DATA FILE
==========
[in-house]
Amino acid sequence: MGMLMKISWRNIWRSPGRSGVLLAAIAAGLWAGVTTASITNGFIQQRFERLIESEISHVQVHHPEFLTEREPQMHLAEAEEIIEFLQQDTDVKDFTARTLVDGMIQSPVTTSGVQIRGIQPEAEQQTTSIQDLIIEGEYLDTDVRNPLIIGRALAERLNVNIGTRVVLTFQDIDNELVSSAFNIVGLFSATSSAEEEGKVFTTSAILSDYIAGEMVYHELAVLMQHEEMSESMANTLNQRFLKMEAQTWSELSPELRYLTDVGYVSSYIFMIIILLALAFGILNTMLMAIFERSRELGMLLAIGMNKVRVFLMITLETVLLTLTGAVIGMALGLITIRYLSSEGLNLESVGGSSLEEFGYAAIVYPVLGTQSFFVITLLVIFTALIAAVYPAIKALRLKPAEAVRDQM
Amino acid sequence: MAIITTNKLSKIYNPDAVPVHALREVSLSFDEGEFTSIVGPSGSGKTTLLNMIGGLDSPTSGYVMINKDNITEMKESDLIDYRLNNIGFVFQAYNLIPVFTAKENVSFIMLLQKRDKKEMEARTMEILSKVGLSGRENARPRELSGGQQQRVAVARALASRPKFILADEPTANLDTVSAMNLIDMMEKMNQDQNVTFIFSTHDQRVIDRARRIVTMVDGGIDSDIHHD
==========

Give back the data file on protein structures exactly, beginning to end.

[in-house]
Amino acid sequence: MGMLMKISWRNIWRSPGRSGVLLAAIAAGLWAGVTTASITNGFIQQRFERLIESEISHVQVHHPEFLTEREPQMHLAEAEEIIEFLQQDTDVKDFTARTLVDGMIQSPVTTSGVQIRGIQPEAEQQTTSIQDLIIEGEYLDTDVRNPLIIGRALAERLNVNIGTRVVLTFQDIDNELVSSAFNIVGLFSATSSAEEEGKVFTTSAILSDYIAGEMVYHELAVLMQHEEMSESMANTLNQRFLKMEAQTWSELSPELRYLTDVGYVSSYIFMIIILLALAFGILNTMLMAIFERSRELGMLLAIGMNKVRVFLMITLETVLLTLTGAVIGMALGLITIRYLSSEGLNLESVGGSSLEEFGYAAIVYPVLGTQSFFVITLLVIFTALIAAVYPAIKALRLKPAEAVRDQM
Amino acid sequence: MAIITTNKLSKIYNPDAVPVHALREVSLSFDEGEFTSIVGPSGSGKTTLLNMIGGLDSPTSGYVMINKDNITEMKESDLIDYRLNNIGFVFQAYNLIPVFTAKENVSFIMLLQKRDKKEMEARTMEILSKVGLSGRENARPRELSGGQQQRVAVARALASRPKFILADEPTANLDTVSAMNLIDMMEKMNQDQNVTFIFSTHDQRVIDRARRIVTMVDGGIDSDIHHD